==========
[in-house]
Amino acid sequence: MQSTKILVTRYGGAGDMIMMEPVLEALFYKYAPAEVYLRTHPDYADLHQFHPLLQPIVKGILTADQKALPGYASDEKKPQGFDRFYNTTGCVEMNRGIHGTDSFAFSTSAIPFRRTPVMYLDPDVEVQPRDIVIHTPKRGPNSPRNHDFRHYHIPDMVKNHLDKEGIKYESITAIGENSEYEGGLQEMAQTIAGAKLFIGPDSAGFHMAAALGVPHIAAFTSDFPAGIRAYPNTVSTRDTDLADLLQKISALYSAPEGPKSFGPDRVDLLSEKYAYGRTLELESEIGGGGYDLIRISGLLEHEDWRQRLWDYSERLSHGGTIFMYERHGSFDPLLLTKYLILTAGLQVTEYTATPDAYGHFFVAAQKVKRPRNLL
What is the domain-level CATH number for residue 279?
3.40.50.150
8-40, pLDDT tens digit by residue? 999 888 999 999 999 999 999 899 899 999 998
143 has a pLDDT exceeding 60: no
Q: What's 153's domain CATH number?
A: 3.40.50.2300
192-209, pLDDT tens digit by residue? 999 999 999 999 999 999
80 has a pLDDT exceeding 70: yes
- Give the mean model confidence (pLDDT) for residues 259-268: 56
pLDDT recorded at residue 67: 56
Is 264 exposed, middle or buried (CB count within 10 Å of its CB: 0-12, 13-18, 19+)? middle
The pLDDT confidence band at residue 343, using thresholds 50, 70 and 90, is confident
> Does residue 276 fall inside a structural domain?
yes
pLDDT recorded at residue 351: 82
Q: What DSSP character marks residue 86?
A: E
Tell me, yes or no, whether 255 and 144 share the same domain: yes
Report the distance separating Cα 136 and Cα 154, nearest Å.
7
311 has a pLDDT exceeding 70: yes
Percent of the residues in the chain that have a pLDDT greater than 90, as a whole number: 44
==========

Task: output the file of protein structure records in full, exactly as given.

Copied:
[in-house]
Amino acid sequence: MQSTKILVTRYGGAGDMIMMEPVLEALFYKYAPAEVYLRTHPDYADLHQFHPLLQPIVKGILTADQKALPGYASDEKKPQGFDRFYNTTGCVEMNRGIHGTDSFAFSTSAIPFRRTPVMYLDPDVEVQPRDIVIHTPKRGPNSPRNHDFRHYHIPDMVKNHLDKEGIKYESITAIGENSEYEGGLQEMAQTIAGAKLFIGPDSAGFHMAAALGVPHIAAFTSDFPAGIRAYPNTVSTRDTDLADLLQKISALYSAPEGPKSFGPDRVDLLSEKYAYGRTLELESEIGGGGYDLIRISGLLEHEDWRQRLWDYSERLSHGGTIFMYERHGSFDPLLLTKYLILTAGLQVTEYTATPDAYGHFFVAAQKVKRPRNLL
What is the domain-level CATH number for residue 279?
3.40.50.150
8-40, pLDDT tens digit by residue? 999 888 999 999 999 999 999 899 899 999 998
143 has a pLDDT exceeding 60: no
Q: What's 153's domain CATH number?
A: 3.40.50.2300
192-209, pLDDT tens digit by residue? 999 999 999 999 999 999
80 has a pLDDT exceeding 70: yes
- Give the mean model confidence (pLDDT) for residues 259-268: 56
pLDDT recorded at residue 67: 56
Is 264 exposed, middle or buried (CB count within 10 Å of its CB: 0-12, 13-18, 19+)? middle
The pLDDT confidence band at residue 343, using thresholds 50, 70 and 90, is confident
> Does residue 276 fall inside a structural domain?
yes
pLDDT recorded at residue 351: 82
Q: What DSSP character marks residue 86?
A: E
Tell me, yes or no, whether 255 and 144 share the same domain: yes
Report the distance separating Cα 136 and Cα 154, nearest Å.
7
311 has a pLDDT exceeding 70: yes
Percent of the residues in the chain that have a pLDDT greater than 90, as a whole number: 44